Global Plan for Insecticide Resistance Management in Malaria Vectors
Nonserial Publications
World Health Organization
ISBN-13    9789241564472 ISBN-10    9241564474
Order Number    11500842 Format    Paper Back
Price    CHF    30.00 / US$    36.00 Developing countries:    CHF    21.00
English     2012        130   pages
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Summary
The next few years will be critical in the fight against malaria and the global health community needs to recognize that mosquito resistance to insecticides is now also a serious challenge to malaria control efforts. Insecticide resistance has been identified in 64 countries around the world, affecting all WHO Regions with ongoing malaria transmission. Countries in Sub-Saharan Africa and India are of greatest concern because of a combination of high levels of malaria transmission and widespread reports of resistance, in some areas to all four classes of insecticides.

The main factor driving resistance has been the heavy reliance by vector control programmes on a single class of insecticides, the pyrethroids. In some endemic areas, the use of insecticides in agriculture has also played a part in the rise of resistant mosquitoes. As a result, in many endemic regions, current vector control strategies are at potential risk and there is a danger that in the future they may not provide as robust protection from parasite-carrying mosquitoes as we had assumed. Urgent action will be required to prevent resistance from emerging at new sites, and to maintain the effectiveness of vector control interventions in the short, medium and long-term.

This Global Plan for Insecticide Resistance Management in malaria vectors (GPIRM) was developed in response to requests from both the World Health Assembly and the Board of the Roll Back Malaria Partnership. WHO gathered, analyzed and synthesized input from over 130 stakeholders representing all the constituencies of the malaria control community, including national malaria control programmes, vector control specialists, major donor organizations, multilateral and implementing agencies, as well as representatives of academic institutions, product development partnerships and industry. We trust that the GPIRM will trigger coordinated action from all stakeholders and will lay the foundations for integrated insecticide resistance management practices in all malaria-endemic countries.

The GPIRM puts forward a comprehensive strategy for global and country levels, including a short-term action plan with clear responsibilities, and sets out research and development priorities for academia and industry. We urge affected countries and stakeholders to take immediate action to preserve the effectiveness of current vector control methods, and to ensure that a new generation of insecticides is made available as soon as possible. Close collaboration between malaria control programmes and the agricultural sector will also be crucial. In addition, targeted communication and educational activities will be needed to make communities aware of the problem.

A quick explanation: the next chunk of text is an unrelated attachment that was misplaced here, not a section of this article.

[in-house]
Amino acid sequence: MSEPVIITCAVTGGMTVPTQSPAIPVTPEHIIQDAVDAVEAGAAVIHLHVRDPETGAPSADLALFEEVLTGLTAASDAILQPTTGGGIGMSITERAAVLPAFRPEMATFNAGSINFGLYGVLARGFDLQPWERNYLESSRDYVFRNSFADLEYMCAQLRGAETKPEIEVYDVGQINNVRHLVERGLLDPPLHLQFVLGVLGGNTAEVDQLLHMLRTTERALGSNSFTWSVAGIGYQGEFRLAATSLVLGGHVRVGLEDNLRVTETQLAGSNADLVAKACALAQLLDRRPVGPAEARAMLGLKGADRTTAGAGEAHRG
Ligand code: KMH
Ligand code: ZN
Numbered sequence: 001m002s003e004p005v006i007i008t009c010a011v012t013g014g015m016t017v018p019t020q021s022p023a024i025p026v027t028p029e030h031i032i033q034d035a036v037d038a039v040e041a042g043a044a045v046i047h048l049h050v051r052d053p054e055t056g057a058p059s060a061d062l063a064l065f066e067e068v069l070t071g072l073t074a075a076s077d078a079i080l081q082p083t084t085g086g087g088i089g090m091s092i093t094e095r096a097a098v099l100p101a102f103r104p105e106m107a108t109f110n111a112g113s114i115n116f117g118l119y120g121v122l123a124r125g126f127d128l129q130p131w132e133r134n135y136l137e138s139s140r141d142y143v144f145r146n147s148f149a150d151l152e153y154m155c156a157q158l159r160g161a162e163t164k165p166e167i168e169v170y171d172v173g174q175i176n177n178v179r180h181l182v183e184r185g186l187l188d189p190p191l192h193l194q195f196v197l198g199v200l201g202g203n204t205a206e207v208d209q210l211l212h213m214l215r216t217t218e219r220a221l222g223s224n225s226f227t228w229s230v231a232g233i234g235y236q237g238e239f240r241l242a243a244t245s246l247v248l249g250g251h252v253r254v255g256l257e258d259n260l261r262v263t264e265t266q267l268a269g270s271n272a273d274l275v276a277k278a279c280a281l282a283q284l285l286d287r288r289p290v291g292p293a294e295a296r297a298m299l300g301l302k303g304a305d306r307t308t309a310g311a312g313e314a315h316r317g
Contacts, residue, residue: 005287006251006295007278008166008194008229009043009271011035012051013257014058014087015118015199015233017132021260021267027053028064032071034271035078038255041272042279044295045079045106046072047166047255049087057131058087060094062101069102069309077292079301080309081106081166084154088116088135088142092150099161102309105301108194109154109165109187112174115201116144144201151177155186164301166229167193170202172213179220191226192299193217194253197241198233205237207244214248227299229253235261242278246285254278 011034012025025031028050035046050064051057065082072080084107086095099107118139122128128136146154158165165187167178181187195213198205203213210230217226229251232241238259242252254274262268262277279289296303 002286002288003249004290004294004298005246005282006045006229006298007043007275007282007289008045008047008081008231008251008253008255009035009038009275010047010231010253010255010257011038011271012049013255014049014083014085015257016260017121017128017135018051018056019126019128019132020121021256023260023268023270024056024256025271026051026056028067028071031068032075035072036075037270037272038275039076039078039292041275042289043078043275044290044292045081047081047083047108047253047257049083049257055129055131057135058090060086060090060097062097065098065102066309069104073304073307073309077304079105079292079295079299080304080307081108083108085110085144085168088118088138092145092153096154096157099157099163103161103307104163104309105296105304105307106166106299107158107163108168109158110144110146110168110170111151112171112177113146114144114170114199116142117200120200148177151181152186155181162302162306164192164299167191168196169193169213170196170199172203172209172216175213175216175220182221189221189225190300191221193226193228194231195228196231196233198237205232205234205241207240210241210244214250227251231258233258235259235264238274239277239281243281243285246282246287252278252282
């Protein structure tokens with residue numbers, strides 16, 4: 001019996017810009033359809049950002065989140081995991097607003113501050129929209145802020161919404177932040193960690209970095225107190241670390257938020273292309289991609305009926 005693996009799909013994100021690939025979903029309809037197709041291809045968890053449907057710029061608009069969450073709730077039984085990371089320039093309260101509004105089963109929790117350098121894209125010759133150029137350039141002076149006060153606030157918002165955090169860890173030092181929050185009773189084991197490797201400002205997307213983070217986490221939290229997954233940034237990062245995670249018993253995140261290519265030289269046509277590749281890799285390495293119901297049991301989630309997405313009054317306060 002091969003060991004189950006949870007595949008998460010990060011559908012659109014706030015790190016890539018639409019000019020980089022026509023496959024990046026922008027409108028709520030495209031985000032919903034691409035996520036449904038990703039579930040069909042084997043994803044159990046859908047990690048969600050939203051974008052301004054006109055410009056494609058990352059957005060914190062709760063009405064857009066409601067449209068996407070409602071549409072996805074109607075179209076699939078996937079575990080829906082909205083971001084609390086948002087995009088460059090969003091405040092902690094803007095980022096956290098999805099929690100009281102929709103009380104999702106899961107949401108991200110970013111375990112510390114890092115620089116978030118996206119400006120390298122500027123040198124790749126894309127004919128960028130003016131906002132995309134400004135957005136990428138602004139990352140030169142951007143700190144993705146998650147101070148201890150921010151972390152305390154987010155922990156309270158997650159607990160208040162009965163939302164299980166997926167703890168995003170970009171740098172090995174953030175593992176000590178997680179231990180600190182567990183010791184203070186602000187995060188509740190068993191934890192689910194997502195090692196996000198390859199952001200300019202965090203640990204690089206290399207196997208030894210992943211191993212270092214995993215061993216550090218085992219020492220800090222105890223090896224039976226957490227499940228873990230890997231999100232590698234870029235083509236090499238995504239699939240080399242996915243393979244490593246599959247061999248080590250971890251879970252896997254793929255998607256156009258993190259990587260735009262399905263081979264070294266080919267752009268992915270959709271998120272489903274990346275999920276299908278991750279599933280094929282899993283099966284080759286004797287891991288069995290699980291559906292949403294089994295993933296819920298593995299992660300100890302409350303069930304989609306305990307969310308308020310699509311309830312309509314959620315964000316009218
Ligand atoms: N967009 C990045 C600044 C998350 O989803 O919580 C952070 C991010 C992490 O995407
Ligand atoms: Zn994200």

Part 1, The threat of insecticide resistance, explains what insecticide resistance is and why it is a concern for malaria control; it also presents the available approaches to managing resistance. This section will be particularly helpful for readers who wish to understand the threat of resistance (e.g. extent, trajectory, operational impact) and interesting for those who have a good level of knowledge on this topic. Other readers may wish to skim through this part.

Part 2, Collective strategy against insecticide resistance, outlines the activities necessary to preserve the effectiveness of malaria vector control. Insecticide resistance management must be a collective response, and all stakeholders have a role to play in making the strategy successful. It is important that stakeholders understand the overall strategy, at both global and country levels.

Part 3, Technical recommendations for countries, outlines a framework for policy-making to manage insecticide resistance, depending on the type of vector control interventions already in place and on the mechanism and level of resistance. This framework will be refined during further consultations as new evidence becomes available. This section considers different scenarios at country level and contains tables of consensus recommendations on how to address each of these scenarios. The section will be most helpful for managers of national malaria control and vector control programmes, WHO regional and country staff and agencies involved in planning and implementing vector control strategies.

Part 4, Near-term action plan, describes the roles of each stakeholder group and lists concrete activities that should be undertaken in the short term (particularly within the next 12 months) to implement the strategy. All stakeholder groups should read this section in order to understand their respective roles in preserving effective malaria vector control.